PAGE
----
BIM supports new collaborative project delivery models that increase efficiency throughout the building process. Improving coordination among traditionally competing players, reduces waste and improves time management while optimizing resource usage.
Architects and contractors alike have reported significant time savings using BIM. With many construction teams transitioning to better software programs and other cutting-edge technology like XYZ Reality’s AR tools, many construction professionals often ask “Why is BIM replacing CAD?”
The following article will explain how BIM can improve the construction process from ideation to construction. Read on to gain more insight into its many benefits!
Building Information Modeling (BIM) isn’t just a 3D representation of a building; it serves as an indispensable management tool throughout a project’s lifespan, from planning, document management, and simulation through to communication between construction professionals and stakeholders and visualization of final result visualization.
As such, it enables these professionals to communicate ideas more efficiently while producing visuals of finished results as well as accurate cost estimates.
Working with BIM means all information is centralized in one location. In contrast to using architectural plans or written documents to share information with stakeholders in the past, which often led to errors such as outdated file versions or mismatched timing plans.
By hosting both design and construction information in a common data environment all stakeholders will always have access to the latest version, eliminating the need for contingency budgets to cover unplanned changes.
BIM also produces detailed digital models which enable more accurate estimates of material quantities, helping reduce construction costs by eliminating overruns and waste of materials, while simultaneously providing companies with realistic planning capabilities and shortening execution deadlines.
BIM allows project participants to anticipate potential issues before construction starts, helping to mitigate risk and avoid any costly rework or schedule delays.
Combining scheduling data and 3D information models gives construction management teams a comprehensive view of a project, helping break down information silos common on past projects and reduce change orders issued.
This includes eliminating field coordination issues, and enhancing communication among architects, structural, civil, MEP (mechanical, electrical and plumbing) engineers (and their subcontractors), steelwork contractors and concrete subcontractors.
Teams using BIM must take caution to avoid potential legal pitfalls when implementing it, such as intellectual property and proprietary issues or risk-sharing issues with project participants. Pilot projects are an excellent way to introduce stakeholders to BIM use while familiarizing them with its workflows; this will equip them to use BIM on larger projects.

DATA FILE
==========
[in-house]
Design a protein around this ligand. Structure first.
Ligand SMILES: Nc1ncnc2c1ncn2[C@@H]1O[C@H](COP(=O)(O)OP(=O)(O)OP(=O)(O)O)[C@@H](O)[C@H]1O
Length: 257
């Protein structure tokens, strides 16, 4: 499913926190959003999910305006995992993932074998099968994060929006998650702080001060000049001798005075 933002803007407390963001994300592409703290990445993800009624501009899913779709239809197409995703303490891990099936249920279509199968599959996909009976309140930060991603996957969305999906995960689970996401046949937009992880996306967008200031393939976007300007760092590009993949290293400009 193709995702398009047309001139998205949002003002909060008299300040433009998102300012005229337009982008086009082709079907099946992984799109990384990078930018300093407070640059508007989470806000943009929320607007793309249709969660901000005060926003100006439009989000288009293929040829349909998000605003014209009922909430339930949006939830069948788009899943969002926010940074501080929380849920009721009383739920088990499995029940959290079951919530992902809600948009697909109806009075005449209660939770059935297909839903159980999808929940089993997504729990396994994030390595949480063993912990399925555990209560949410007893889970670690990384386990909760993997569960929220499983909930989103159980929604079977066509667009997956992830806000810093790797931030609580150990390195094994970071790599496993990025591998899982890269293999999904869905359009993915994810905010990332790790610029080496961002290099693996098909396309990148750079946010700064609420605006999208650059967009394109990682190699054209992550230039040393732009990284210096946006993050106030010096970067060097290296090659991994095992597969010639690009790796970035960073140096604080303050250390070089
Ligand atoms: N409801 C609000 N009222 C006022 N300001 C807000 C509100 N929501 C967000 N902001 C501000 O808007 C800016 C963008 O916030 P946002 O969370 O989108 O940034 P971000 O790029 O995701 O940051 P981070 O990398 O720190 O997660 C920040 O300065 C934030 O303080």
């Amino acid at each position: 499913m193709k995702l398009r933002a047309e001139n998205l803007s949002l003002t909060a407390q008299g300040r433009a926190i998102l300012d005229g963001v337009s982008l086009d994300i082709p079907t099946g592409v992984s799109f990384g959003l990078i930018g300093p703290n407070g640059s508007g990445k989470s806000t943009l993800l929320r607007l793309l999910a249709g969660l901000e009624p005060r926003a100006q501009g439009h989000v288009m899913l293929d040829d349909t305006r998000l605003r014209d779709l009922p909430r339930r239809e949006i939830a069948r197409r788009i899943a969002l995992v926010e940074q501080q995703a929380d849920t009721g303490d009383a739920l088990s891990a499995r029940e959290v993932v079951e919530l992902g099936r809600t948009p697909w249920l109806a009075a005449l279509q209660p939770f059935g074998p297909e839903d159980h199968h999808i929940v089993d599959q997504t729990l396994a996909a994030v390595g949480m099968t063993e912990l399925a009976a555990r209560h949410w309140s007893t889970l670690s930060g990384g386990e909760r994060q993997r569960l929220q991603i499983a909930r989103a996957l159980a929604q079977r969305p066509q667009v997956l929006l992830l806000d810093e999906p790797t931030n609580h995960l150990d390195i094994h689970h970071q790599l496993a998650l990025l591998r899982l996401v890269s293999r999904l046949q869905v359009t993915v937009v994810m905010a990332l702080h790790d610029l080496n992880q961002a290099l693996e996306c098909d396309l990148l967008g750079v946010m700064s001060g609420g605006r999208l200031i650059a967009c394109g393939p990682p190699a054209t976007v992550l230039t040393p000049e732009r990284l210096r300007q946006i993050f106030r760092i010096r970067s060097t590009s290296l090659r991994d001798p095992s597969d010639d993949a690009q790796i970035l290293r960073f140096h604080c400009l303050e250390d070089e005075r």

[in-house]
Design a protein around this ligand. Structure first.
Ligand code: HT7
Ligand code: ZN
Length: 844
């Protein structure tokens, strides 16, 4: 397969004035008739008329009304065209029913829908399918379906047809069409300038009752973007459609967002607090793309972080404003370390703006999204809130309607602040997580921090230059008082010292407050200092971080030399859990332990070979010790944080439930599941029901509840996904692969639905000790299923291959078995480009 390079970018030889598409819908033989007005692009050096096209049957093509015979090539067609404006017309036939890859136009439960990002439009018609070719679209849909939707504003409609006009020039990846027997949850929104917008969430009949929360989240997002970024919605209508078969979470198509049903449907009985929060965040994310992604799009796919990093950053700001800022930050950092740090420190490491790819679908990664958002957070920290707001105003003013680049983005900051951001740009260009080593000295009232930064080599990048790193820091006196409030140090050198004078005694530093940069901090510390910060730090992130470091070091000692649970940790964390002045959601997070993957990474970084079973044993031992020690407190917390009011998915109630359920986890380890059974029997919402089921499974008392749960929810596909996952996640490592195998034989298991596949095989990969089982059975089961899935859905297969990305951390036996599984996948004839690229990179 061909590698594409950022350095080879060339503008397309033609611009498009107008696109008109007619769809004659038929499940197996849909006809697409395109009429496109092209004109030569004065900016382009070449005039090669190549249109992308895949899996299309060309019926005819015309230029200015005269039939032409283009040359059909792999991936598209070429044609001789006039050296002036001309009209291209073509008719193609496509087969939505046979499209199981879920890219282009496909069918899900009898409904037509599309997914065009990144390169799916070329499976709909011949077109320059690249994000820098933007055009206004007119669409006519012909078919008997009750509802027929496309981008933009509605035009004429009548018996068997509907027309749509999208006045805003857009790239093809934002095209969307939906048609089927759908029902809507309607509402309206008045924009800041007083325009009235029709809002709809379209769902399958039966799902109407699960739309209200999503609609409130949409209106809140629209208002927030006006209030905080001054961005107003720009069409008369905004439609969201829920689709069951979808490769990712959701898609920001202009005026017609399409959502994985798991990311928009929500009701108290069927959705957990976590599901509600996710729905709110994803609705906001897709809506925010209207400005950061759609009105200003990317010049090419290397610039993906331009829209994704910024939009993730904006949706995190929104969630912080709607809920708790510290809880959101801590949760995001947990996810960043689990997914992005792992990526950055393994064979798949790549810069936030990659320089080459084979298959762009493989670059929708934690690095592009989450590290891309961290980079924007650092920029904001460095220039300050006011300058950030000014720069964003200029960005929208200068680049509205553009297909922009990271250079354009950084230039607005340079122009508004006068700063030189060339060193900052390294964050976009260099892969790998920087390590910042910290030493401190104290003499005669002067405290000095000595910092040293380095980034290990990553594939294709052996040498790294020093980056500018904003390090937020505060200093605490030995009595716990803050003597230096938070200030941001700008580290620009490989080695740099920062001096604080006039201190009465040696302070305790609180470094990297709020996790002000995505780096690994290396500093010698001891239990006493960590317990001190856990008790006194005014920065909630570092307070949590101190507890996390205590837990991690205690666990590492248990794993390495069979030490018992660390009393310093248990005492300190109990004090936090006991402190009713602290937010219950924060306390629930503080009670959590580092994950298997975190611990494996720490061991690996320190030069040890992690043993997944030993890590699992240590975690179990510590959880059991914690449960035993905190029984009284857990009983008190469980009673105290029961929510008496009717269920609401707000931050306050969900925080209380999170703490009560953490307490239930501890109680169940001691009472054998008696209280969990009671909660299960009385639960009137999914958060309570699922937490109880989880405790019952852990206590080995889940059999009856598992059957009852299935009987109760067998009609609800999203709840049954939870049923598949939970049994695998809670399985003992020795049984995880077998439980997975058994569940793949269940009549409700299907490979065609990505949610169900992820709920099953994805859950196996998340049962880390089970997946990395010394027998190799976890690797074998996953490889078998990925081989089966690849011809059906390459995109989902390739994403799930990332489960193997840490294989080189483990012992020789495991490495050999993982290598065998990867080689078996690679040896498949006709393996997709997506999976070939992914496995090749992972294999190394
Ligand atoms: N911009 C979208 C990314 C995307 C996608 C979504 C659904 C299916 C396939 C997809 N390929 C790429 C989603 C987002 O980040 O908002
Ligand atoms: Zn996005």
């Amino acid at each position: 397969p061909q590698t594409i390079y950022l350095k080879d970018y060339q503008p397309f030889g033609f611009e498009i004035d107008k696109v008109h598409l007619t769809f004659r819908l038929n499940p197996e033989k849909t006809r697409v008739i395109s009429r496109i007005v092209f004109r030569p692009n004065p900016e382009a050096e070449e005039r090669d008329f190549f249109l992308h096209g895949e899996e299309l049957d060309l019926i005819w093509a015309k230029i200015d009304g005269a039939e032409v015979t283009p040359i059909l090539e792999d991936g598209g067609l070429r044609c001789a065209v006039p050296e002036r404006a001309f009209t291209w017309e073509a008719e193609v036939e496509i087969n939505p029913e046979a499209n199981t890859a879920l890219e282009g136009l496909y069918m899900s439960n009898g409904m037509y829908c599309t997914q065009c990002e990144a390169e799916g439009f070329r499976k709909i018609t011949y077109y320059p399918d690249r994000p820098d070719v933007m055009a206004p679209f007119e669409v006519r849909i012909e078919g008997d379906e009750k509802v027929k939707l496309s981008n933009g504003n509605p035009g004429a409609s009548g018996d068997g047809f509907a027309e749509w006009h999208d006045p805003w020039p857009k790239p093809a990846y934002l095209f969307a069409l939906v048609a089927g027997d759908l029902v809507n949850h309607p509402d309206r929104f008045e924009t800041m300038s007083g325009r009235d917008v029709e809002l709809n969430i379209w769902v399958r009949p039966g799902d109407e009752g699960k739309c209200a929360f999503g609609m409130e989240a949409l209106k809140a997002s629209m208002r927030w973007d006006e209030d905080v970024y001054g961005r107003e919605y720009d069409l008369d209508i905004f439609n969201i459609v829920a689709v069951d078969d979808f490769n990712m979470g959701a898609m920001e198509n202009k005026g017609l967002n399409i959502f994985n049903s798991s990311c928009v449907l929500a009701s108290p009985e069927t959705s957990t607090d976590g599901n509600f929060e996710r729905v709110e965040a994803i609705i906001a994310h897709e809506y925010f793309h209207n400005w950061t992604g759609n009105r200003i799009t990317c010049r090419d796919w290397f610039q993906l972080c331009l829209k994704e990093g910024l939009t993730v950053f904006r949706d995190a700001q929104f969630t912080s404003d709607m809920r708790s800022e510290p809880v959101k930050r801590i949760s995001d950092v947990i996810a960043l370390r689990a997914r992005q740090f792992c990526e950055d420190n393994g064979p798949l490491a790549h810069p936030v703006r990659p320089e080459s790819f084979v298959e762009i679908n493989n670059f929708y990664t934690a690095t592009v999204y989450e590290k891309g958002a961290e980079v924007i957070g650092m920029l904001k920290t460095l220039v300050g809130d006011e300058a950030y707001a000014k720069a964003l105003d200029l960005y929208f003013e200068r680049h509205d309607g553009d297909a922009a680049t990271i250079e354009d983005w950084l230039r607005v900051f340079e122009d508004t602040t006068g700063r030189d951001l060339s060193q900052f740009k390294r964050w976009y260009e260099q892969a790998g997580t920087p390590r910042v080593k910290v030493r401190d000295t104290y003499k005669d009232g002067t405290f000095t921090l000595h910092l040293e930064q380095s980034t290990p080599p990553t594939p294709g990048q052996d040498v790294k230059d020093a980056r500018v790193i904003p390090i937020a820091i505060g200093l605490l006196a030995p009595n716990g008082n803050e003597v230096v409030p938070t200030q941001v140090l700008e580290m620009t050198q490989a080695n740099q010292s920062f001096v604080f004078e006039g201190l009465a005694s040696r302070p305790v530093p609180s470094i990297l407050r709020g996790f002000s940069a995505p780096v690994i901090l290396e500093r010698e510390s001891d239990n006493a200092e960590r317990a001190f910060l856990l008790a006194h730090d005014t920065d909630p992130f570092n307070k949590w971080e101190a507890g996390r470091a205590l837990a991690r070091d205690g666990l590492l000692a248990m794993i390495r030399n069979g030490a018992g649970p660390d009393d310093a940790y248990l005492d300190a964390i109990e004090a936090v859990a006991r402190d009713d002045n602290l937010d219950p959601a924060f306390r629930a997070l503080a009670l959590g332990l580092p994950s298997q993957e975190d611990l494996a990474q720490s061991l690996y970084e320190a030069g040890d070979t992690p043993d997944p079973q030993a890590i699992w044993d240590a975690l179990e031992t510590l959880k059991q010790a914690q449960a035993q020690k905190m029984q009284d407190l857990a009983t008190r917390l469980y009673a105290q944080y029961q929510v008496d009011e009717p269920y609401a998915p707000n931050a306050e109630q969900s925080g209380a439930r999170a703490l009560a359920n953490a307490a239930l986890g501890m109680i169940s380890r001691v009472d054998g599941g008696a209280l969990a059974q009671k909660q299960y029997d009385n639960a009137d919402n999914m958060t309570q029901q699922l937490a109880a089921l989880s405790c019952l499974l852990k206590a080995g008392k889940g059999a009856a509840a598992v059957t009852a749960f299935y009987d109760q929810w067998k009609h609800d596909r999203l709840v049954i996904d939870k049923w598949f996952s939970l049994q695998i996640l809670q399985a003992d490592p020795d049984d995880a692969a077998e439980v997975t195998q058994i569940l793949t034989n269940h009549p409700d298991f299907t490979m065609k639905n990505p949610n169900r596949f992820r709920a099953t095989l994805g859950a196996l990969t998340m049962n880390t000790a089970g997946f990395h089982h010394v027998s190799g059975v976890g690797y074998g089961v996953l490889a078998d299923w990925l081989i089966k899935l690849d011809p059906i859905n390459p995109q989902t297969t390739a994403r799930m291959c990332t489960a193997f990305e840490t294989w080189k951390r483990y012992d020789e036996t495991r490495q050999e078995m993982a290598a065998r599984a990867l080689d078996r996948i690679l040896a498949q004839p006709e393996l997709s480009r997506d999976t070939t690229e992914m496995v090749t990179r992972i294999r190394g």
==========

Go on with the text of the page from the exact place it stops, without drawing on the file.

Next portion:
Effective collaboration among construction professionals can significantly lower the risk of delays and errors in projects. Miscommunication between professionals can result in budget overruns, missed deadlines, reduced build quality, and poor site operational performance – using BIM will allow construction professionals to avoid these pitfalls, saving both time and money.
When asked which phase(s) they consider BIM most valuable in design and construction processes for educational facility projects, architects responded that its benefits lay most directly in its schematic design, design development, and construction documentation stages while contractors saw its worth during closeout phases.
Information gathered through BIM can help improve accuracy, convey design intent from office to field, increase stakeholder understanding of a project’s purpose, reduce change orders and field coordination issues, provide insight into existing buildings needing renovation and give insight into existing ones that require refurbishment.
Ultimately, this makes BIM an indispensable tool throughout an asset’s lifespan.
No doubt about it; BIM is the future of construction. Yet many small firms remain reluctant to make the investment needed to adopt it due to the time and capital requirements involved with BIM adoption. But those who take steps toward investing in it will reap its benefits.
As a result of reduced error rates and improved efficiency, construction projects can run more smoothly and stay within their budget. This helps eliminate overruns caused by costly mistakes or delays that cause unnecessary frustration for contractors and clients alike.
BIM can significantly cut construction costs by decreasing time spent on coordination issues and rework, particularly on smaller projects with tight budgets where every dollar counts.
Furthermore, production drawings created from BIM databases for offsite manufacturing can further decrease material and labor costs. By mapping benefits against use cases, the research team was able to determine exactly how much help would be expected from its implementation on individual projects.